The Pearl of the South


When I think back to a few days spent in Puerto Rico’s second city, Ponce, the recurring image is of a stage in the busy moments just before the curtain rises, an impression that probably harks back to my two seasons as a production assistant in summer stock many years ago. I envision the stagehands sprinting through the Belle Epoque set that is Ponce, arranging the last props, while the performers wait in the wings for their cues to stroll onstage.

Last spring I was privileged to watch the curtain going up in Ponce on a moment of great change. The city is partway through a five-hundred-million-dollar restoration effort timed to coincide with the 500th anniversary of Columbus’s 1493 voyage to Puerto Rico and the 300th year of Ponce’s settlement. Located on the island’s sere south coast, overlooking the Caribbean Sea, Ponce is known as the Pearl of the South and is considered the most indigenous of Puerto Rican cities, a place that despite its two hundred thousand inhabitants retains the pace and intimacy of a small town.

It is the mid- to late-nineteenth-century city that we mostly see, reflecting the period when Ponce gained influence as a port, as a trading center, and as a producer of what became known as after-dinner products—coffee, rum, and tobacco. Another nickname, the Cradle of Liberty, reflects the city’s tradition of political ferment; some of the island’s most influential writers, artists, and politicians lived here, and the outspoken newspaper La Democracia was first published in Ponce in 1890.

The city’s port, three miles from central Ponce, received American troops during the two weeks that the Spanish-American War lasted here. A plaque at the entry to the City Hall, which fronts the main square, is dedicated to volunteers of the 2d Wisconsin Regiment who landed at Playa de Ponce on July 28, 1898. Ten names of the dead are listed, with their hometowns, places like Oshkosh and Beaver Dam.


“We have not come to make war upon the people of a country that for centuries has been oppressed,” announced Gen. Nelson A. Miles, “but … to bring protection … to promote your prosperity, and to bestow upon you the immunities and blessings of the liberal institutions of our Government.” To what degree this promise has been kept—or why we found ourselves in Puerto Rico in the first place—is the subject of a continuing argument. Whatever the intention, our history and that of the Caribbean island were ever after entwined.

Right now the debate is at a particularly high pitch while the U.S. Congress struggles to fine-tune (or stall, depending on whom you read) the elements of a proposed referendum on statehood for Puerto Rico. And if you broach the subject, however tentatively, you’ll find strong opinions on at least two of the three options—statehood and a continuing but strengthened role as a possession (a smaller group favors independence). But in Ponce it sometimes seems that the greatest and only hope is to shape a more secure future by reclaiming the best of its past.

Ponce Creole is the name given to the architectural style that belongs only here. San Juan, the capital, was planned and built by the Spanish conquerors, one writer points out, while Ponce is the work of its native sons, making it a truly authentic Puerto Rican city. At its heart is the vibrant Plaza las Delicias (Plaza of Delights), actually two tree-shaded squares anchored by a domed eighteenth-century cathedral. Butting up against the cathedral’s immaculate whiteness is one of the island’s landmarks, a fantastical red-and-black-striped former fire station, a very free rendition of the Alhambra built to serve as the “Arab Kiosk” of Ponce’s 1882 Exposition.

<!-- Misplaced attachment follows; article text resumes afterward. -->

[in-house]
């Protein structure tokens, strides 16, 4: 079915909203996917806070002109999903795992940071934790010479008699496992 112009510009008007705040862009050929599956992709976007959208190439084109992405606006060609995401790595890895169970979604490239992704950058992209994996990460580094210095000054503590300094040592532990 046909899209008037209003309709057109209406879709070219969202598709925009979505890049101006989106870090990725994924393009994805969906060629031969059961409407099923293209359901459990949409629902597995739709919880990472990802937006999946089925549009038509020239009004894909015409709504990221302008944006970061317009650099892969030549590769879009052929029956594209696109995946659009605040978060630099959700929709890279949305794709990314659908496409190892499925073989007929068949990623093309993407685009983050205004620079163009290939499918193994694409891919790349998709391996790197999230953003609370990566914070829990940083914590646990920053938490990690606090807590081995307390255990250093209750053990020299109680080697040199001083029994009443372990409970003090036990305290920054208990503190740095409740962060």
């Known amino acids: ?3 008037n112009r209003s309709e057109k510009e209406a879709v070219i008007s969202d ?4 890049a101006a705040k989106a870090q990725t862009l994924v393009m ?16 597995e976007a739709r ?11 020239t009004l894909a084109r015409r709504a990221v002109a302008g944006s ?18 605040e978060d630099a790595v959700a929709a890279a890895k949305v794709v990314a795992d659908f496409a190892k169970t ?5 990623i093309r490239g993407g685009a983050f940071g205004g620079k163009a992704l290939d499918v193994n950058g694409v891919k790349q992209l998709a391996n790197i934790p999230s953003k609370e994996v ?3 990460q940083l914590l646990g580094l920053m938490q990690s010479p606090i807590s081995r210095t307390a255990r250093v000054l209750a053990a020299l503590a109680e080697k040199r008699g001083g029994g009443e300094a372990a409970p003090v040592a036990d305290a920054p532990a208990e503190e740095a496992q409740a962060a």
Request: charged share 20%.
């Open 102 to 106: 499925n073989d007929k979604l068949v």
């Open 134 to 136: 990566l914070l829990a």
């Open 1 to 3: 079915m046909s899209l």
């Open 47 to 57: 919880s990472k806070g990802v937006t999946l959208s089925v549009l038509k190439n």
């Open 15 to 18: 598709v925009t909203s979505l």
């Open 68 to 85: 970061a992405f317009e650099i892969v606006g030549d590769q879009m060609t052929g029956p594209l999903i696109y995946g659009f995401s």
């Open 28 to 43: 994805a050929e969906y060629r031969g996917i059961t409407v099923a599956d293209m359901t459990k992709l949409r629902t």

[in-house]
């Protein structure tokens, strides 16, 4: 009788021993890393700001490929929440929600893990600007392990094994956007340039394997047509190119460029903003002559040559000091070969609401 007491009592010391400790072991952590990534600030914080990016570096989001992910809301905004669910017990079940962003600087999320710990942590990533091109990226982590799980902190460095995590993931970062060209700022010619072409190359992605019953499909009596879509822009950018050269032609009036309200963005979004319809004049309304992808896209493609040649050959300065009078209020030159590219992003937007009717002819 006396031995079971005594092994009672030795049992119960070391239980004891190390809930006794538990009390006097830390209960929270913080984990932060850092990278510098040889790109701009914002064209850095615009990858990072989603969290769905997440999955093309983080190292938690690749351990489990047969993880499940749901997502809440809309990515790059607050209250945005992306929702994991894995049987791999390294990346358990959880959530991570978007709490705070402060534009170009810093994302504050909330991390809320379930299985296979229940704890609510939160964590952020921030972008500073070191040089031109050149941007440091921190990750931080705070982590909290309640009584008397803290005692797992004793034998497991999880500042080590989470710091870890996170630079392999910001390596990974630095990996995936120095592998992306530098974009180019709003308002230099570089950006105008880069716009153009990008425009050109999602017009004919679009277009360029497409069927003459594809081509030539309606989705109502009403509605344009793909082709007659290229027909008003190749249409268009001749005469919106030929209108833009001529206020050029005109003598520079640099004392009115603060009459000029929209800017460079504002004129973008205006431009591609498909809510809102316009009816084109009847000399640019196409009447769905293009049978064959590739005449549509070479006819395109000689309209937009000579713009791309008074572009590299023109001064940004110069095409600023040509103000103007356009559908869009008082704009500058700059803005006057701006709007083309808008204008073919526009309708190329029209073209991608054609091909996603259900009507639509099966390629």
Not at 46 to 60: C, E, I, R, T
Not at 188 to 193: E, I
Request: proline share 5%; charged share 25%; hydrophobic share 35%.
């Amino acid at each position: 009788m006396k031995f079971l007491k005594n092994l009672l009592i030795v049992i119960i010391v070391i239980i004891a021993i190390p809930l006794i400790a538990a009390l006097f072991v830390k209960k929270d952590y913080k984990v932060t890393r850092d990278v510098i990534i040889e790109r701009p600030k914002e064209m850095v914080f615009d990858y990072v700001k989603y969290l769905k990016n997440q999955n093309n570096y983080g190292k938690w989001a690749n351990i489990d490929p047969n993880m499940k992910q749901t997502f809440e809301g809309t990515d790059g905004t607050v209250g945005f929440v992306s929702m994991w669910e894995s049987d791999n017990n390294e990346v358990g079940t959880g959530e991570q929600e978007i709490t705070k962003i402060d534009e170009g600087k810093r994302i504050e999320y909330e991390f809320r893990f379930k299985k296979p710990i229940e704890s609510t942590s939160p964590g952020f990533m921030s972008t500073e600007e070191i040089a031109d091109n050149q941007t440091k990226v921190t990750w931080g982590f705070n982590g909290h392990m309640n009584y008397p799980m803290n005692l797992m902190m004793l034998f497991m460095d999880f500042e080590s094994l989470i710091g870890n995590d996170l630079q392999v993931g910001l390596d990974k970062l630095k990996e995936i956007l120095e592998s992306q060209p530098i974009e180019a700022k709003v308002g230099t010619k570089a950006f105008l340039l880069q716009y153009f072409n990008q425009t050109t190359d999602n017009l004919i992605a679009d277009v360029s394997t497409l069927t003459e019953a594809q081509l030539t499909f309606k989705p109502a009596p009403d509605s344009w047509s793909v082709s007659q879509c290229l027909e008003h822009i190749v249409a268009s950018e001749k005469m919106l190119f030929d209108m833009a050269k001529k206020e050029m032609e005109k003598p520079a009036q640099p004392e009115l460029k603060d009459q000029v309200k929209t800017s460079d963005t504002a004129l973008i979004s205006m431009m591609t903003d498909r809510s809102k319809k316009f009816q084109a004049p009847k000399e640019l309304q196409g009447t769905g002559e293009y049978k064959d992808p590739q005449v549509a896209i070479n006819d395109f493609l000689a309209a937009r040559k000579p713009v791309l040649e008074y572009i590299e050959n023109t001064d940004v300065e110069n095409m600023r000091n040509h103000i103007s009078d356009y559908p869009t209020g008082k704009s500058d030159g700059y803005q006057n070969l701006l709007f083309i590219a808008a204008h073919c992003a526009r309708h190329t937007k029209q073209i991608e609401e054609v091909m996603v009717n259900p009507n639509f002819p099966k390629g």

The wood and stucco buildings that line the streets radiating from the plaza are painted in the tasty pinks, peaches, and limes common to hot countries. With broad columned porches and balconies, the effect is entirely inviting and of a piece. And there are many pieces. The prime restoration area contains 1,046 buildings.

I took a stroll around the central city with a tourist-office representative named Zulma Collazo. She pointed to freshly paved sidewalks that have regained the pink marble borders common a hundred years ago and to replica gas lamps that have replaced unsightly telephone and electrical lines that used to run aboveground. “Ponce has come alive in the last year and a half,” Zulma told me. “Before, this downtown area was empty, was dead.” Now, everywhere we walked, she proudly recited the latest news: “This street was finished last week; this is the next one to be worked on; this one is just being completed right now.”

Some suggest that Ponce is the object of all this favorable attention because (beyond the fact that it deserves it) Puerto Rico’s governor, Rafael Hernández Colón, is a native son. Also there is the island-wide effort for the Columbus Quincentennial. Puerto Rico, after all, is the only place under the American flag where the explorer set foot, albeit briefly and during his second voyage. The Taino Indian inhabitants had named their island Borínquen (Island of the Brave Lord); when Columbus took possession, he called it San Juan Bautista after a Castillan prince. In 1521, in an unusual swap, the fortified settlement on the eastern side was renamed San Juan, and its former name, meaning Port of Riches, was extended to the entire island, now called Puerto Rico.